Ontario Tax Changes and How Mobility Will be Impacted 05.1.2017 | Tim McCarney

Weichert Ontario Tax Changes

On April 20, 2017, the Province of Ontario enacted a 15 per cent non-resident speculation tax (NRST) on the purchase or acquisition of properties in Metropolitan Toronto and its surrounding areas, referred to as the “Greater Golden Horseshoe” (GGH).

The GGH incorporates the greater Toronto area, including Toronto itself as well as Brant, Dufferin, Durham, Haldimand, Halton, Hamilton, Kawartha Lakes, Niagara, Northumberland, Peel, Peterborough, Simcoe, Waterloo, Wellington and York.

Similar to the 15% NRST tax imposed for greater Vancouver area in British Columbia in August 2016, the Ontario NRST, which went into effect on April 21, 2017, is intended to hamper the bid-up by foreign buyers/corporations in the metropolitan Toronto residential housing markets. The announcement was included as part of the 16-point proposal introduced in the Ontario government’s Fair Housing Plan, which aims to bring stability to Ontario’s real estate market.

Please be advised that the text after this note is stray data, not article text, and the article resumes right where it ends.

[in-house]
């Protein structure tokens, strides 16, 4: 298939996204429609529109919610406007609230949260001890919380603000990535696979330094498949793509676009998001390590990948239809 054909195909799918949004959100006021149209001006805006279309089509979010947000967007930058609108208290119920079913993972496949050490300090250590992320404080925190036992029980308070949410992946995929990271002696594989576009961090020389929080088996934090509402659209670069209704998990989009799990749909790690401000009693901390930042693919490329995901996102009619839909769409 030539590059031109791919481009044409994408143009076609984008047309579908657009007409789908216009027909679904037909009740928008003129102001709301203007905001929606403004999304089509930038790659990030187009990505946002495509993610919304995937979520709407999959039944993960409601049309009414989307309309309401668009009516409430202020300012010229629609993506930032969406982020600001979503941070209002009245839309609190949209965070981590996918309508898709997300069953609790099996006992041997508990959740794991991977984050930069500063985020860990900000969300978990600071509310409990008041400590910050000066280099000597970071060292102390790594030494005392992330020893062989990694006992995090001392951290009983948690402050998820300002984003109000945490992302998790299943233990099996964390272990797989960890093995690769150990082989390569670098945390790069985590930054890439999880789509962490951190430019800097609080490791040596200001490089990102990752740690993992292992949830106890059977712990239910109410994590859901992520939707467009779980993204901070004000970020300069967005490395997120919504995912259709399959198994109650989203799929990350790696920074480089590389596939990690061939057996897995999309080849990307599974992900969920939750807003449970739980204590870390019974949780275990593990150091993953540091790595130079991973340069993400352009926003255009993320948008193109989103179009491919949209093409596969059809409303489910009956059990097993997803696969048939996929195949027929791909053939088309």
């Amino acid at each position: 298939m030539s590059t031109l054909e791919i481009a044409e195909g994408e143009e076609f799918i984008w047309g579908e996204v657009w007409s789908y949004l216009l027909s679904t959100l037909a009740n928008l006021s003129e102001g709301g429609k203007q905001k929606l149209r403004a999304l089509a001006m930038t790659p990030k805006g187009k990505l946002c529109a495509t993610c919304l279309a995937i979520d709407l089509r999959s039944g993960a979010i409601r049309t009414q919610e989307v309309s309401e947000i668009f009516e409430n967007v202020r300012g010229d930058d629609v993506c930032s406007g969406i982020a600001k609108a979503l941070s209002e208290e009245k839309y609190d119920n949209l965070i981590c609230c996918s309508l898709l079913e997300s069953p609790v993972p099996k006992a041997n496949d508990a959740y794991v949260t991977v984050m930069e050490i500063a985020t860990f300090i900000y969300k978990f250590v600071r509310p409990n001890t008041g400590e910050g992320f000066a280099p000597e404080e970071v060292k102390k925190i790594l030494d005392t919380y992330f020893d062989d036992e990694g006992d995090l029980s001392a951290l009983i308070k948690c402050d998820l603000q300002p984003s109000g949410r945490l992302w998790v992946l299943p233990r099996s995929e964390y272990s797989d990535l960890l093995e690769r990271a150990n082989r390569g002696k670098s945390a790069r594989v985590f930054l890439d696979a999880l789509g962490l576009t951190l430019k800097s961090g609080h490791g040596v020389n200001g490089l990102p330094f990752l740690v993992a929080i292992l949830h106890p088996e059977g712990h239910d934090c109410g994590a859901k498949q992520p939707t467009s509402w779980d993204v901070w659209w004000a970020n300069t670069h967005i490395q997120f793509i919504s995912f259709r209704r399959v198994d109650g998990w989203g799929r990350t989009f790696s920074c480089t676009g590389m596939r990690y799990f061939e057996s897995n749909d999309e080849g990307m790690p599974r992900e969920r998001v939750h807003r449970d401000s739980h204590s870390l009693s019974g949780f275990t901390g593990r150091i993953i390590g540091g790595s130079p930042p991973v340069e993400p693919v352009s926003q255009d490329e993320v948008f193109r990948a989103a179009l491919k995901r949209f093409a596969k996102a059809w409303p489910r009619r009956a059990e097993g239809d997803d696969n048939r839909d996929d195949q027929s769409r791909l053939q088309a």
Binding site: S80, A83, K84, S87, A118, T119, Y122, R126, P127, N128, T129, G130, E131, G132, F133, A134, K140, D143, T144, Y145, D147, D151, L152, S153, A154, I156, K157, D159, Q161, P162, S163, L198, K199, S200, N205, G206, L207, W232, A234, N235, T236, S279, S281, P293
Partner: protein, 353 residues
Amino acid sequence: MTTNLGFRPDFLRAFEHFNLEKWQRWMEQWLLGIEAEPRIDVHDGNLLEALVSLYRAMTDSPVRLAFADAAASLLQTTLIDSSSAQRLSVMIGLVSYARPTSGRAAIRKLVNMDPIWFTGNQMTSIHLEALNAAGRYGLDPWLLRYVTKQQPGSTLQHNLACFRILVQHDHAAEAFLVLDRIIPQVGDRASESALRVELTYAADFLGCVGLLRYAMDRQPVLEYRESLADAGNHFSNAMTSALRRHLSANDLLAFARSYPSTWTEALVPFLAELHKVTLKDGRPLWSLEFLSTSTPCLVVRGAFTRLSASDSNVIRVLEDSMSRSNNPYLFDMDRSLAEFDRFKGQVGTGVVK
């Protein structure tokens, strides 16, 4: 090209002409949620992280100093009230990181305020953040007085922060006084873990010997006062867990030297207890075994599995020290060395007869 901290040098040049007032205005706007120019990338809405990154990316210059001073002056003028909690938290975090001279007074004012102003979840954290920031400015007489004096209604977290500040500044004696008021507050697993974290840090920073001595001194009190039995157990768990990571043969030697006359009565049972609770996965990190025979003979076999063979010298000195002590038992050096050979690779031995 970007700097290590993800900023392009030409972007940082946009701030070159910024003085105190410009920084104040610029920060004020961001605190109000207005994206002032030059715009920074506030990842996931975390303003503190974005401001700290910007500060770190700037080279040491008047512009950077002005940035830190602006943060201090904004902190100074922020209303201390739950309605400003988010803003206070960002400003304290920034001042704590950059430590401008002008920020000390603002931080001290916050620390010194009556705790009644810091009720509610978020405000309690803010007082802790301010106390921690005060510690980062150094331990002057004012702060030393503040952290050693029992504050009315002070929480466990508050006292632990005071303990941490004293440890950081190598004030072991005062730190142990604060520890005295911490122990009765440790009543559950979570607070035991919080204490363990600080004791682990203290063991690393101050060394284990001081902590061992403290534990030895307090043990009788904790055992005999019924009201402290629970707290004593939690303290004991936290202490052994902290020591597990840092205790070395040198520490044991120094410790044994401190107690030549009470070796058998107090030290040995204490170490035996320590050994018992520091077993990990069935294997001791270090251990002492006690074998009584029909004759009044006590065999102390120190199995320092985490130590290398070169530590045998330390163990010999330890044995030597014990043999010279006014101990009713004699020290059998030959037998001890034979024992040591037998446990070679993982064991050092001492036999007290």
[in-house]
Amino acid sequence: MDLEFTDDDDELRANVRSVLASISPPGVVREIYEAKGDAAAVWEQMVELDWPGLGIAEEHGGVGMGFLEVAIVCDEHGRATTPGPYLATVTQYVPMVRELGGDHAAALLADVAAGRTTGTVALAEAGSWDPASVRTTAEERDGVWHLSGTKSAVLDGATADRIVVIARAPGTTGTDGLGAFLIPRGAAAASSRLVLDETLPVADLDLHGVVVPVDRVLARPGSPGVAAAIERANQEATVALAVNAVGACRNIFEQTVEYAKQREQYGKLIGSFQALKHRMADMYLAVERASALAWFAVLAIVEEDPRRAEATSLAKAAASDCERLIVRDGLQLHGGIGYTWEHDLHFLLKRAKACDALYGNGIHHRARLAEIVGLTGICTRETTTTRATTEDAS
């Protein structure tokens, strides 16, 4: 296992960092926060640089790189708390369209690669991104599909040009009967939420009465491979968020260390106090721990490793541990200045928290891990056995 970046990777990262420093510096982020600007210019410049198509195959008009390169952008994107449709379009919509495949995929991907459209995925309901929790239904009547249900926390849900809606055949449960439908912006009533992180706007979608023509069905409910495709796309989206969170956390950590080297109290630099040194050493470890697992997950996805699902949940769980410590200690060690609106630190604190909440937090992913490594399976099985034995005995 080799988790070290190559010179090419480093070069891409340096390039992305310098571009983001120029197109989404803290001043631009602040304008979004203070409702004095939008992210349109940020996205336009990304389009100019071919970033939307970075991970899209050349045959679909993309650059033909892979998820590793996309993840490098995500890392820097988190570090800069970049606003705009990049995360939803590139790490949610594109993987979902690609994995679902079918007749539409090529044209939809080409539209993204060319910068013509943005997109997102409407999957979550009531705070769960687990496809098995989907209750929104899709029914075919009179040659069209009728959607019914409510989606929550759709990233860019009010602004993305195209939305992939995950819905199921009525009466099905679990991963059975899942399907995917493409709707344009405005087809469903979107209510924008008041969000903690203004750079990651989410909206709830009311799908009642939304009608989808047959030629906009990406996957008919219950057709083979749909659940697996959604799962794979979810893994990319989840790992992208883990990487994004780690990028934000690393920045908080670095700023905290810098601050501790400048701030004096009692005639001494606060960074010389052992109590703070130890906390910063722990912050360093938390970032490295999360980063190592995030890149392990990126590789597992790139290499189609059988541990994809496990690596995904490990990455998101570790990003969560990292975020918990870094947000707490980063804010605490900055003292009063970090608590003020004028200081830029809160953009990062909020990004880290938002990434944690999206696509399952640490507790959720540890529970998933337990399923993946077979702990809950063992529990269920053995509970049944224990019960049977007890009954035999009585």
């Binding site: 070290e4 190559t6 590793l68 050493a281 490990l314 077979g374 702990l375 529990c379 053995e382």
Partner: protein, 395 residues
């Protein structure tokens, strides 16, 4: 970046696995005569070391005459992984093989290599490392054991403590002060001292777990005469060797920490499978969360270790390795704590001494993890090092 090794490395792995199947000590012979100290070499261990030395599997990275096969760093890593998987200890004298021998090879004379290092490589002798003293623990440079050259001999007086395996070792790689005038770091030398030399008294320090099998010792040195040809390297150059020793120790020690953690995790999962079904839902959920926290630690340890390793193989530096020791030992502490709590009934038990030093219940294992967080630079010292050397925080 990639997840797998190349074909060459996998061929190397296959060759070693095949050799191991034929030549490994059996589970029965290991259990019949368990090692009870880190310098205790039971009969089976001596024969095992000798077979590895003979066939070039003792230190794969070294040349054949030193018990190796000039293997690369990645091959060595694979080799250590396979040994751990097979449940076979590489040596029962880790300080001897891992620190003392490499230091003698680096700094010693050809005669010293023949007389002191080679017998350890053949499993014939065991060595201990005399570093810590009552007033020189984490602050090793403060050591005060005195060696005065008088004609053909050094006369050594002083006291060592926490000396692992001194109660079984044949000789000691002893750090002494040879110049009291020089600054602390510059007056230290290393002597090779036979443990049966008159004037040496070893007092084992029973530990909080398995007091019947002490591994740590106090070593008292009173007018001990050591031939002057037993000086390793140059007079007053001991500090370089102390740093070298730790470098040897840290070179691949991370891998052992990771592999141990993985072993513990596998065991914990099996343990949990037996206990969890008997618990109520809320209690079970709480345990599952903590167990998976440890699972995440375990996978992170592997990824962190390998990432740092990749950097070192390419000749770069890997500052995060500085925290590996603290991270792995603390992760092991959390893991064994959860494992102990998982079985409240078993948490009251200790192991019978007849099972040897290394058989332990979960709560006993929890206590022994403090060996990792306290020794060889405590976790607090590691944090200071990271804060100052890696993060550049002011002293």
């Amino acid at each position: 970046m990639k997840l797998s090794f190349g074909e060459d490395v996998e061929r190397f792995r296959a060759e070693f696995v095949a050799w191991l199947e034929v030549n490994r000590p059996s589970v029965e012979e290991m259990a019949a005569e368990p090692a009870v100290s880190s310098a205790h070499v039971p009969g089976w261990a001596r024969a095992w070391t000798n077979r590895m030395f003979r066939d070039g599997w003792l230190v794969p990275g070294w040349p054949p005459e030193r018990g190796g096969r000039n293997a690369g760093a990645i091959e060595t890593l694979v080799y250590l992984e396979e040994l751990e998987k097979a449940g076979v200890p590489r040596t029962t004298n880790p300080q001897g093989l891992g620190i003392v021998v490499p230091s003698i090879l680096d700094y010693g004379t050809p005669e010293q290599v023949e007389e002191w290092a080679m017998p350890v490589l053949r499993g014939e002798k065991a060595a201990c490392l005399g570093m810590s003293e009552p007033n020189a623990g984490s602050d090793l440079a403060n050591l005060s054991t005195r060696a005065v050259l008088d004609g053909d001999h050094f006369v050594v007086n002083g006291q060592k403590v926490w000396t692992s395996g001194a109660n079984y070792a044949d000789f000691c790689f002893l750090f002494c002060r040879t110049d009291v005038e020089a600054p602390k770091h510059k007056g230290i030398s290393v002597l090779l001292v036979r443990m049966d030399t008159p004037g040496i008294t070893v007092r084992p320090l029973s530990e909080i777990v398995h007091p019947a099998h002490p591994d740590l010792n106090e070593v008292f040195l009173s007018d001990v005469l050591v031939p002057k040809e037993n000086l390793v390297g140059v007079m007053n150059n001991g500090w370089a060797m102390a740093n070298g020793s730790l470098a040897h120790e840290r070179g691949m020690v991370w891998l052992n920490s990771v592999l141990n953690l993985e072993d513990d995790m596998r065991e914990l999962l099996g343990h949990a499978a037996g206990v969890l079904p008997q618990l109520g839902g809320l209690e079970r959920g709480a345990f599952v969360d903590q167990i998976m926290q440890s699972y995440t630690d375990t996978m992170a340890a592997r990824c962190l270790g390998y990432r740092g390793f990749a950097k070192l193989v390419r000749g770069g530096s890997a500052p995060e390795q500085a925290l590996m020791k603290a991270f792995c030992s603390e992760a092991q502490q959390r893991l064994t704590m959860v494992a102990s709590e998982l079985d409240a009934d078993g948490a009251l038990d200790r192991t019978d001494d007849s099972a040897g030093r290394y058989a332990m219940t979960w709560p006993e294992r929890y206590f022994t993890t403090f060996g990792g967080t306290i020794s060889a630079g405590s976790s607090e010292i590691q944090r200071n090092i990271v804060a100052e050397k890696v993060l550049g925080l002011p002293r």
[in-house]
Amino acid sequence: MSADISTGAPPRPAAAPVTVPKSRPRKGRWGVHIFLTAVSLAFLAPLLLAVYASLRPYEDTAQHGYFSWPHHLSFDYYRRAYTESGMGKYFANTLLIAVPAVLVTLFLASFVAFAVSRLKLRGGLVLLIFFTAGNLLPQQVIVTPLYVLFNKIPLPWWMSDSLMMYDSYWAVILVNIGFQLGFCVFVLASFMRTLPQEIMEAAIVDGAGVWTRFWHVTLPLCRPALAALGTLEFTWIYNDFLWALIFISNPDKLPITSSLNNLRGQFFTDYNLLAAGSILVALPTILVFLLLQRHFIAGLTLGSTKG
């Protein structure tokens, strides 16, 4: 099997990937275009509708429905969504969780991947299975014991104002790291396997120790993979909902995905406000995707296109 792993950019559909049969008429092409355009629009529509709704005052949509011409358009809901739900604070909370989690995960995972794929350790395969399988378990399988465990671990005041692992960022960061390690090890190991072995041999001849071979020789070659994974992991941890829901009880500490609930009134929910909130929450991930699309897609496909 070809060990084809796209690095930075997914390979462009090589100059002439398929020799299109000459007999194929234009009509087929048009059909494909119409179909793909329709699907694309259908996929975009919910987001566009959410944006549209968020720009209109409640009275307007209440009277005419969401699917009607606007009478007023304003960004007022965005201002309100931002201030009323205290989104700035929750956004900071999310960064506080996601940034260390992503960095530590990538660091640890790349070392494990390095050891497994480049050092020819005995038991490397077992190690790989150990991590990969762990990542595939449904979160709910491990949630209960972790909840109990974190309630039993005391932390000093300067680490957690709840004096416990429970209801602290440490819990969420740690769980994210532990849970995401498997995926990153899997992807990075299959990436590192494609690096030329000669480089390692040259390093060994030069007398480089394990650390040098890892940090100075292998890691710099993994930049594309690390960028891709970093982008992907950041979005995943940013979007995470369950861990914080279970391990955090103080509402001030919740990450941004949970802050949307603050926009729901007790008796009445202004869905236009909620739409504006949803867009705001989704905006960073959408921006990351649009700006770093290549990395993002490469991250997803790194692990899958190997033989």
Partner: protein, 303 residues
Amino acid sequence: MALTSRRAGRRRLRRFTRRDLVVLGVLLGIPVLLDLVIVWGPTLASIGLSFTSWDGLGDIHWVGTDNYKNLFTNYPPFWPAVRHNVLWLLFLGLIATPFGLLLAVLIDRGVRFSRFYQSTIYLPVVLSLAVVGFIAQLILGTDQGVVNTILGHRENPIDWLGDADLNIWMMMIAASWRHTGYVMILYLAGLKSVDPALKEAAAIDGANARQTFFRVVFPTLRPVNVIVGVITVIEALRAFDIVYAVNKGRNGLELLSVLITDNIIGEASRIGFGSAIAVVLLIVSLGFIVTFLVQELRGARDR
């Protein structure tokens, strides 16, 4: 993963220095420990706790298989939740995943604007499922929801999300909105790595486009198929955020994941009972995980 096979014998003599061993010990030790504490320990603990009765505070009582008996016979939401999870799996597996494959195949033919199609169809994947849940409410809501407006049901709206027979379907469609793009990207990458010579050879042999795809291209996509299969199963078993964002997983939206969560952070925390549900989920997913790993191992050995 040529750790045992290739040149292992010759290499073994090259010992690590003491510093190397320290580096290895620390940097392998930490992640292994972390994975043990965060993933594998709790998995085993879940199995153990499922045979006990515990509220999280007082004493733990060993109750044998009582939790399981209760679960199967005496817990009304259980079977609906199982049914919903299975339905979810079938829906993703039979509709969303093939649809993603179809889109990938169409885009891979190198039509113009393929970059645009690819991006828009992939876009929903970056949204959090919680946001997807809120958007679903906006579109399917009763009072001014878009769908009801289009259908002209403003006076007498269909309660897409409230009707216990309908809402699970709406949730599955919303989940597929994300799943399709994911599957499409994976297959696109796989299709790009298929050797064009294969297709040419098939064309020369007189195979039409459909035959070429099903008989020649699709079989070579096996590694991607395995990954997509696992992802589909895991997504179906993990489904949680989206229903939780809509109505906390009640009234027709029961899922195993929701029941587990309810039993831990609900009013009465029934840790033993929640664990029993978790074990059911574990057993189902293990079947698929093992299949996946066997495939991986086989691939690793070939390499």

While the Ontario NRST became effective April 21, 2017, important to note that the enabling regulations for the Ontario NRST are still pending. Upon the enactment of legislation, the NRST will be effective as of April 21, 2017. The tax will be payable by:

a) individuals who are not Canadian citizens or permanent residents;
b) corporations formed outside Canada, or controlled in whole or in part by individuals who are not Canadian citizens or permanent residents; and
c) trustees who are either foreign entities, or who hold the land on behalf of individuals or corporations described in (a) or (b).

The pending status of the NRST regulations also means it is not certain yet whether or not the current “relocation transaction exemption” that currently exists under the Land Transfer Tax Act will be extended to the NRST.

As for what this means for our clients, we recommend that you continue business as normal with regard to sales documentation of relocations initiated after April 21, 2017 occurring within the Golden Horseshoe. You should also consult your own tax/legal advisors as to how best to proceed.

Share this Article

Written by Tim McCarney

Weichert placeholder

Cookie Statement

In order to deliver an optimized user experience, this site uses cookies. To learn more, please see our cookie policy.

Accept & Close

Subscribe to our Newsletter

Subscribe to our newsletter. It's an easy way to stay connected to the latest workforce mobility trends and best practices.